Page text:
Brexit.- Britain reiterates to the EU that it wants a “constructive relationship” and asks it to “speed up” talks


The UK reiterated to the EU on Tuesday that it wants a “constructive relationship” with the Twenty-Seven, although it has warned that its position is “unchanged” while asking to “speed up” talks on pending issues after Brexit looking ahead to next year, when it is hoped they will continue.

The UK Foreign Secretary and in charge of negotiations with the EU, Liz Truss, and the European Commission Vice President in charge of relations with the UK, Maros Sefcovic, had phone calls this Tuesday to “discuss pending issues in Europe” London has shown. .

In this regard, Truss told Sefcovic that Britain is seeking a relationship “based on trade and a shared belief in freedom and democracy”, although “resolving current issues is critical to unleashing that potential.”

“The UK’s position has not changed. We need goods to flow freely between Great Britain and Northern Ireland, ending the role of the EU Court of Justice as the final arbiter of disputes between us and resolving other issues.” , according to a statement shared by London.

In this context, he has asked “to speed up the pace of talks in the new year”, as his preference is to “continue to reach an agreed solution.” However, “if this does not happen”, the UK remains prepared “to activate Article 16 protections to address the real problems facing Northern Ireland and to protect the Belfast Agreement in all its dimensions,” Truss warned. .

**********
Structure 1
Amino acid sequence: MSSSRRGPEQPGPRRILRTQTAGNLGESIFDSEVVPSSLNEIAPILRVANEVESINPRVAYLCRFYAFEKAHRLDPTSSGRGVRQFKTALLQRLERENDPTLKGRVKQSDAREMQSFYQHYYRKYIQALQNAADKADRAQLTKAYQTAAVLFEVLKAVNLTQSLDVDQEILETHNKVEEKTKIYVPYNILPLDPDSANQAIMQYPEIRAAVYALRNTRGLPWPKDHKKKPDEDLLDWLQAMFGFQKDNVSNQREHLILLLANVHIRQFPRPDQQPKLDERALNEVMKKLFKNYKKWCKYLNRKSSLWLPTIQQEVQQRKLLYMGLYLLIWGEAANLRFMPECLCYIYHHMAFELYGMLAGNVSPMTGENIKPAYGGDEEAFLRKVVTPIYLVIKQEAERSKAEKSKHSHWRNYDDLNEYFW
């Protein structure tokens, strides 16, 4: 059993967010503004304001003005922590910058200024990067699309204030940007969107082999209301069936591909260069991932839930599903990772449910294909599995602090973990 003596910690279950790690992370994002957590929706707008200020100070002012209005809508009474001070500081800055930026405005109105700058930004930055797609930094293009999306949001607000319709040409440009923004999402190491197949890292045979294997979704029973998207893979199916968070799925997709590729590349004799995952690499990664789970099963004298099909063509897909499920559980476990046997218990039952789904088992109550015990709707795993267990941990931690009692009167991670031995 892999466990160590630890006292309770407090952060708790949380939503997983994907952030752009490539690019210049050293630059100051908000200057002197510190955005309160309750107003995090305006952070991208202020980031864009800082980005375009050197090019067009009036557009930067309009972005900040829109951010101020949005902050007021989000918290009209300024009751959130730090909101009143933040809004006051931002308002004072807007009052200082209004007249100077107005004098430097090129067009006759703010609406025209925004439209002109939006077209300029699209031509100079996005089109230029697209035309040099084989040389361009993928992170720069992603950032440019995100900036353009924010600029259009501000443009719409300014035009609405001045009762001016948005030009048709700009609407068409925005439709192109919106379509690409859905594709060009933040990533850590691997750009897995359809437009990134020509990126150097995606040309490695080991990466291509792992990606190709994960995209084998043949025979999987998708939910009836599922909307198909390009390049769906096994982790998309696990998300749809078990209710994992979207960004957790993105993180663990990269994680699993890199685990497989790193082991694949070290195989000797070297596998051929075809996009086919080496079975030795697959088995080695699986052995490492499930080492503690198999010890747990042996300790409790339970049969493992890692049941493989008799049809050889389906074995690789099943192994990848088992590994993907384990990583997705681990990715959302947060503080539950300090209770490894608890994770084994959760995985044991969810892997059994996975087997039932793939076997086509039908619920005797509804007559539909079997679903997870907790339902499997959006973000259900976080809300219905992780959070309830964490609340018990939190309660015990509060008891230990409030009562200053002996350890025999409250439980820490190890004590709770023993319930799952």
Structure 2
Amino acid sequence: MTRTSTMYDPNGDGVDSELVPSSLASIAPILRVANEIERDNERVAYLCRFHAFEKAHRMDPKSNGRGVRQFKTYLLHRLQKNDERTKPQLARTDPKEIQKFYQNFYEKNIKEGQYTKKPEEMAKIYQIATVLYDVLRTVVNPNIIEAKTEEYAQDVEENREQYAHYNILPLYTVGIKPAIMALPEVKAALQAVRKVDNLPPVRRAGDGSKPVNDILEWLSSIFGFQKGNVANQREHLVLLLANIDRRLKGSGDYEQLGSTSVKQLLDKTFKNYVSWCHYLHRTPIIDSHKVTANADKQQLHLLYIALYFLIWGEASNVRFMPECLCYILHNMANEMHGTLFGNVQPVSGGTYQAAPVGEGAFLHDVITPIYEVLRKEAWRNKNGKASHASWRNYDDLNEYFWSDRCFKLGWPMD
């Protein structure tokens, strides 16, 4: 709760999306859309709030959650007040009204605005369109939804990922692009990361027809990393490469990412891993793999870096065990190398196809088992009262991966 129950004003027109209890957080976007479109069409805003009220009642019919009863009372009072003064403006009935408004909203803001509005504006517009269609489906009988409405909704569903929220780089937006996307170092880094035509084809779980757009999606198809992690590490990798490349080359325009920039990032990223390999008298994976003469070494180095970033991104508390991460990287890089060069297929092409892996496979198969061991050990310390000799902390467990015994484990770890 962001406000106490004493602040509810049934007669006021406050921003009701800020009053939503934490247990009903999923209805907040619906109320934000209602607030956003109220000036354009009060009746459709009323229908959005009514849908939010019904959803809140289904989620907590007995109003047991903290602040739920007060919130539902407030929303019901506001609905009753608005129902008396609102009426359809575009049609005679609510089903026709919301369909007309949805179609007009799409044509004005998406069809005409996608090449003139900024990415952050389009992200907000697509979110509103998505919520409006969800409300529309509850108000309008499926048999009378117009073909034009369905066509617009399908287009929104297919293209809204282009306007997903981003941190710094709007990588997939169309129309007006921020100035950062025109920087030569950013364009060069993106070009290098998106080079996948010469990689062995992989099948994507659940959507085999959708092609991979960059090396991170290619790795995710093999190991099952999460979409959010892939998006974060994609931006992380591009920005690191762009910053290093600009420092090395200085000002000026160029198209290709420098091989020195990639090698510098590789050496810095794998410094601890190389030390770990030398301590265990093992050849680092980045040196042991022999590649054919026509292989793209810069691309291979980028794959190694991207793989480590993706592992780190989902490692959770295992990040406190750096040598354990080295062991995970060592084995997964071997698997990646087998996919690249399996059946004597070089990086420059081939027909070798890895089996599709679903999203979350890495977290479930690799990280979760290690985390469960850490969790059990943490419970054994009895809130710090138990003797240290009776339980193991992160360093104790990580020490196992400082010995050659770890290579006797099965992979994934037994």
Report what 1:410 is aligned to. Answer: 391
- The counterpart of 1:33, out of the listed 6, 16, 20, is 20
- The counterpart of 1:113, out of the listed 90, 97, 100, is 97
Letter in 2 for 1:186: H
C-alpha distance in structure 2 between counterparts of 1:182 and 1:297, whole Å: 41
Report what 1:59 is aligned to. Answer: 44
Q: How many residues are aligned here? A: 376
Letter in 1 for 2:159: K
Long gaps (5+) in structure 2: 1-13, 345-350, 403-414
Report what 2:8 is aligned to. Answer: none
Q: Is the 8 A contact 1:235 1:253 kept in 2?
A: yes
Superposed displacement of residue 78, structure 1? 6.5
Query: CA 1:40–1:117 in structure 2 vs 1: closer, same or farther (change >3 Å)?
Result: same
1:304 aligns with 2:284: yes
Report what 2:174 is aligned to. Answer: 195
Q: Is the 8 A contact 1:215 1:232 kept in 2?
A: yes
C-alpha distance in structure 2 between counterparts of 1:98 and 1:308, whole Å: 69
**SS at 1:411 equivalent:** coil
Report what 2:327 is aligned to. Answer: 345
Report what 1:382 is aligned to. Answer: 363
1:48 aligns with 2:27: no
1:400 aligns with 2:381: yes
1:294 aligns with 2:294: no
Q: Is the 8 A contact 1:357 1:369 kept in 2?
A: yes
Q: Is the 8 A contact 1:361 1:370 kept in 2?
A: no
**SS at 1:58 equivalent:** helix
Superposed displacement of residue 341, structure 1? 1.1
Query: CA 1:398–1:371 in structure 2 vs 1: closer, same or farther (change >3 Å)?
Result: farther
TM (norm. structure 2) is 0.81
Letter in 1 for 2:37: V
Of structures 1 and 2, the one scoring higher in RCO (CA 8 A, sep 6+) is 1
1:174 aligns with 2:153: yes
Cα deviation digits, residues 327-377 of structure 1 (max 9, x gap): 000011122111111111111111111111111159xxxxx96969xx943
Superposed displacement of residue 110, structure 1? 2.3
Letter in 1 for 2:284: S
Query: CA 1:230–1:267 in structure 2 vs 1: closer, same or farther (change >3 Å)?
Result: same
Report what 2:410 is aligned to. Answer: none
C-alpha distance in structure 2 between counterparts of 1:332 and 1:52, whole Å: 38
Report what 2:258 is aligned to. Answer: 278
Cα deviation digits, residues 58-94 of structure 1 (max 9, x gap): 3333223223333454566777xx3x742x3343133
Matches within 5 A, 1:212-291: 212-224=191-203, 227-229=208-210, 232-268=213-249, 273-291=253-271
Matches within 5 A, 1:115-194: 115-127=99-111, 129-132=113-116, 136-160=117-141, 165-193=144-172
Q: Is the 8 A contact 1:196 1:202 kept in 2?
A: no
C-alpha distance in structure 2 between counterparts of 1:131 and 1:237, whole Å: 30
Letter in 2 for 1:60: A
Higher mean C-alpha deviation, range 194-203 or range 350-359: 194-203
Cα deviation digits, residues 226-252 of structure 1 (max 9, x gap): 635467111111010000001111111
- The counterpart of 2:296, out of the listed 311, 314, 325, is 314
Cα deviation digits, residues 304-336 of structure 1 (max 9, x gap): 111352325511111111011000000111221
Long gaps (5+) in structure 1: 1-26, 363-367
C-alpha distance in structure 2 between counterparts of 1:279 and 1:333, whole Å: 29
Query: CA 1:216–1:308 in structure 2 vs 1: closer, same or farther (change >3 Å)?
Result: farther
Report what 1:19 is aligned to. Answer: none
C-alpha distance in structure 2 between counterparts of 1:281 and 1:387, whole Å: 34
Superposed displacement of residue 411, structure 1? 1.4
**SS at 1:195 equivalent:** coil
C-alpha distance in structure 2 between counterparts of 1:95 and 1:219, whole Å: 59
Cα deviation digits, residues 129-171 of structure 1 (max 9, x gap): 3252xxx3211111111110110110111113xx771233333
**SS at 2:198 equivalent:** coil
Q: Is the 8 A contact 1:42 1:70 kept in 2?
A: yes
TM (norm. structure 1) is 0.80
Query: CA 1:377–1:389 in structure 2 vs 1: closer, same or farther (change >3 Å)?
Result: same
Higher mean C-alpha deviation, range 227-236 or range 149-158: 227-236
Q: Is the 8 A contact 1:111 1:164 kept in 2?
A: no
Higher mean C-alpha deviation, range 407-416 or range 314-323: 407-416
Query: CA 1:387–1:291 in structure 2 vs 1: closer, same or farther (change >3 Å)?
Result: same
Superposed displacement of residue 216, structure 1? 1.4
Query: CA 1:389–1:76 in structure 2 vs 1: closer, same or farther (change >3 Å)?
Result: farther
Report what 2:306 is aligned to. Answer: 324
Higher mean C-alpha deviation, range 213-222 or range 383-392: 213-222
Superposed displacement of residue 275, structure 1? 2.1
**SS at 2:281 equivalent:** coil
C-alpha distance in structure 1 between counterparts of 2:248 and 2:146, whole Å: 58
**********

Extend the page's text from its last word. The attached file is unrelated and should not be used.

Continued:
Truss recently took over the lead in negotiations with the EU, following the departure of his predecessor, David Trust. His arrival could facilitate a “restart” of negotiations with Brussels, which have stalled in recent months. This Tuesday was the first contact he had with the EU since he was appointed to the position.

Brussels and London have been in intensive contact for several weeks to try to salvage a protocol for Northern Ireland that they both agreed to within the framework of Brexit but which the UK Government has now rejected because it says compliance is complex and high-level. costs for companies and citizens. Other issues that both sides have to resolve are also open, such as Gibraltar.

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